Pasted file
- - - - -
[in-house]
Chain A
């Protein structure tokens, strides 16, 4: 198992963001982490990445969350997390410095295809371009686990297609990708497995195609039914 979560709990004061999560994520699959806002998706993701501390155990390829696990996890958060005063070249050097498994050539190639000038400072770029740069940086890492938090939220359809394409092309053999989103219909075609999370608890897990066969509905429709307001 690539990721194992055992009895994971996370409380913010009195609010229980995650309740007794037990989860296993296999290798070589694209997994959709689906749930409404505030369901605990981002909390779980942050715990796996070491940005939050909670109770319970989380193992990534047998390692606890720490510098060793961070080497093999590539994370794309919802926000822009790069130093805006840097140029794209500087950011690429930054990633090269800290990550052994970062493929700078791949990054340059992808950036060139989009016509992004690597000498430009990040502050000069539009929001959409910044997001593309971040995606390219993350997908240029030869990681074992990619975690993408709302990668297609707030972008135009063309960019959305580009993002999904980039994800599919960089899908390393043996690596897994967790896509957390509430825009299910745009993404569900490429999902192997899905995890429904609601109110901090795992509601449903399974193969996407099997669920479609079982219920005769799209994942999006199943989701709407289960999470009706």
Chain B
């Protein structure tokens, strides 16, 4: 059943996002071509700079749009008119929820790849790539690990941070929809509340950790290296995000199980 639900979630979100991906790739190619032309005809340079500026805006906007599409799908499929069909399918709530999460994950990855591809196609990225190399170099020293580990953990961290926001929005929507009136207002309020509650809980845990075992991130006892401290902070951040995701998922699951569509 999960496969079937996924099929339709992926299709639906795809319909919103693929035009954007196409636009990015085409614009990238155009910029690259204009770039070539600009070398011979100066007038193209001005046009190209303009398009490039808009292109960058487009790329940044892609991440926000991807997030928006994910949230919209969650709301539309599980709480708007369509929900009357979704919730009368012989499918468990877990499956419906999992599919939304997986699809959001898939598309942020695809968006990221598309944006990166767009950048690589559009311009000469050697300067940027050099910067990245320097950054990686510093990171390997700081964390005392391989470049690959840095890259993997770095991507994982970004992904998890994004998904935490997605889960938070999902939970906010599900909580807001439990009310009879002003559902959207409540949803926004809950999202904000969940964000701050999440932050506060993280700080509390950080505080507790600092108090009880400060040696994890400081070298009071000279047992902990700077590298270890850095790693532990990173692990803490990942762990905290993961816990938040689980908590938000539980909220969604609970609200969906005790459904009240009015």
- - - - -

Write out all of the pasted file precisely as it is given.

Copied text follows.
[in-house]
Chain A
């Protein structure tokens, strides 16, 4: 198992963001982490990445969350997390410095295809371009686990297609990708497995195609039914 979560709990004061999560994520699959806002998706993701501390155990390829696990996890958060005063070249050097498994050539190639000038400072770029740069940086890492938090939220359809394409092309053999989103219909075609999370608890897990066969509905429709307001 690539990721194992055992009895994971996370409380913010009195609010229980995650309740007794037990989860296993296999290798070589694209997994959709689906749930409404505030369901605990981002909390779980942050715990796996070491940005939050909670109770319970989380193992990534047998390692606890720490510098060793961070080497093999590539994370794309919802926000822009790069130093805006840097140029794209500087950011690429930054990633090269800290990550052994970062493929700078791949990054340059992808950036060139989009016509992004690597000498430009990040502050000069539009929001959409910044997001593309971040995606390219993350997908240029030869990681074992990619975690993408709302990668297609707030972008135009063309960019959305580009993002999904980039994800599919960089899908390393043996690596897994967790896509957390509430825009299910745009993404569900490429999902192997899905995890429904609601109110901090795992509601449903399974193969996407099997669920479609079982219920005769799209994942999006199943989701709407289960999470009706």
Chain B
């Protein structure tokens, strides 16, 4: 059943996002071509700079749009008119929820790849790539690990941070929809509340950790290296995000199980 639900979630979100991906790739190619032309005809340079500026805006906007599409799908499929069909399918709530999460994950990855591809196609990225190399170099020293580990953990961290926001929005929507009136207002309020509650809980845990075992991130006892401290902070951040995701998922699951569509 999960496969079937996924099929339709992926299709639906795809319909919103693929035009954007196409636009990015085409614009990238155009910029690259204009770039070539600009070398011979100066007038193209001005046009190209303009398009490039808009292109960058487009790329940044892609991440926000991807997030928006994910949230919209969650709301539309599980709480708007369509929900009357979704919730009368012989499918468990877990499956419906999992599919939304997986699809959001898939598309942020695809968006990221598309944006990166767009950048690589559009311009000469050697300067940027050099910067990245320097950054990686510093990171390997700081964390005392391989470049690959840095890259993997770095991507994982970004992904998890994004998904935490997605889960938070999902939970906010599900909580807001439990009310009879002003559902959207409540949803926004809950999202904000969940964000701050999440932050506060993280700080509390950080505080507790600092108090009880400060040696994890400081070298009071000279047992902990700077590298270890850095790693532990990173692990803490990942762990905290993961816990938040689980908590938000539980909220969604609970609200969906005790459904009240009015």